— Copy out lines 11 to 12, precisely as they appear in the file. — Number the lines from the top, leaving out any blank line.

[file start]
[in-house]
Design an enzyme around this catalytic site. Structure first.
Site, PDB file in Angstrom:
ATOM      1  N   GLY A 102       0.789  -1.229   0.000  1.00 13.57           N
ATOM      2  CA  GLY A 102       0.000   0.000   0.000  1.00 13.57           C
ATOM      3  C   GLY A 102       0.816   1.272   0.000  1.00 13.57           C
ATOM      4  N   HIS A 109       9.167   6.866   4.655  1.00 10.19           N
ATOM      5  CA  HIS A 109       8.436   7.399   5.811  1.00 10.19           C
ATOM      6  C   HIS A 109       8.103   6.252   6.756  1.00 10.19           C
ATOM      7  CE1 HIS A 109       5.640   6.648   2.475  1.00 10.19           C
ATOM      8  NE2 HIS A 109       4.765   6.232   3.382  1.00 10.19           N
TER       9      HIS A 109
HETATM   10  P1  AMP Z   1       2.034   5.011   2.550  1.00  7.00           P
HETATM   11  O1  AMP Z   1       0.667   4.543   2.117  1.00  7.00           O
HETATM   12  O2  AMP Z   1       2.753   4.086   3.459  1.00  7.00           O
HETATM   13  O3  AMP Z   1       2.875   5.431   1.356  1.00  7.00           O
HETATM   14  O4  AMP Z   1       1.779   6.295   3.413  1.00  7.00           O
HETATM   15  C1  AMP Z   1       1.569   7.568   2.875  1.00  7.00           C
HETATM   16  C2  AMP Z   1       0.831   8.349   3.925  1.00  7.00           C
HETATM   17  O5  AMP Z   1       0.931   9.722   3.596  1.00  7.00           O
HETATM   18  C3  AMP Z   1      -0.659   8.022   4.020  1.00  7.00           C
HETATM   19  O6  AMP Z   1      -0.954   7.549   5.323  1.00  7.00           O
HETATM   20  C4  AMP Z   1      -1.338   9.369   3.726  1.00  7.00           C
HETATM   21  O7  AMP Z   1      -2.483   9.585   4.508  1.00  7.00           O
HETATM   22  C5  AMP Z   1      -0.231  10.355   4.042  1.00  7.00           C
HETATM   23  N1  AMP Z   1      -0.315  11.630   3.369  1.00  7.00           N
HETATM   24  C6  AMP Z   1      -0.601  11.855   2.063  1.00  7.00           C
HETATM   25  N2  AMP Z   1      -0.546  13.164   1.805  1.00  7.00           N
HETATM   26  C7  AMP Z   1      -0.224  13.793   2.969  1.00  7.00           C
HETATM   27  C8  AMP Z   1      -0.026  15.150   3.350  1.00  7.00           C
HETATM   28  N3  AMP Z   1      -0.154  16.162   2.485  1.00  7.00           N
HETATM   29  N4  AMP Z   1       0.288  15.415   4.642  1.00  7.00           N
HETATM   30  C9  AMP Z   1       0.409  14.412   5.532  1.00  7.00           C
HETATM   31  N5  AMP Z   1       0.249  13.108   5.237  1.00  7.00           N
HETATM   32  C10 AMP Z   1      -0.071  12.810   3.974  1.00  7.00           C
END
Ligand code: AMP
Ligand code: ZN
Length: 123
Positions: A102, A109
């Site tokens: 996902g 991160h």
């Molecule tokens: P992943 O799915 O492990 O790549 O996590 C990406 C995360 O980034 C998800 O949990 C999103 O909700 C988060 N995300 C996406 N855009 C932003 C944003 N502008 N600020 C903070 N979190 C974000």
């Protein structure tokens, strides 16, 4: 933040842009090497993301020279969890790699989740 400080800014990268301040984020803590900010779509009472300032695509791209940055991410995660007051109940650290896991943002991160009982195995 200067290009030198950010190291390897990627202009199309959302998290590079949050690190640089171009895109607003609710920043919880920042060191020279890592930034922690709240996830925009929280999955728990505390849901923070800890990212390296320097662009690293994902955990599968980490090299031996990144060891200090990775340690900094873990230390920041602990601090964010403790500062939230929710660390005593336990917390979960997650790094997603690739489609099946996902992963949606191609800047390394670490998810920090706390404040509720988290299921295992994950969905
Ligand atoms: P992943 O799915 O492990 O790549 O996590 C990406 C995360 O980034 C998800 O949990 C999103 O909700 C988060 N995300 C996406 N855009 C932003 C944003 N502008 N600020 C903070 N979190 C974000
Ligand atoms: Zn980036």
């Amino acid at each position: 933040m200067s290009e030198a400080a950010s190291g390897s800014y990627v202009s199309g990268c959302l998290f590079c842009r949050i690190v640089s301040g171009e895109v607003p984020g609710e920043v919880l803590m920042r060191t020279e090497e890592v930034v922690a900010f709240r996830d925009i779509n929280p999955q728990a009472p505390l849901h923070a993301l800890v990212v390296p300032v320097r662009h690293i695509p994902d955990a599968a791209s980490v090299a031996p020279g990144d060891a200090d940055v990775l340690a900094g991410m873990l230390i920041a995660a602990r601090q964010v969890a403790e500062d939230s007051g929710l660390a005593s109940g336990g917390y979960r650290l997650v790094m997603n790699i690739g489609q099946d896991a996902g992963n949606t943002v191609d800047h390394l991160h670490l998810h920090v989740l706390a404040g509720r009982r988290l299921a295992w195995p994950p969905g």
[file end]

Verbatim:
ATOM      8  NE2 HIS A 109       4.765   6.232   3.382  1.00 10.19           N
TER       9      HIS A 109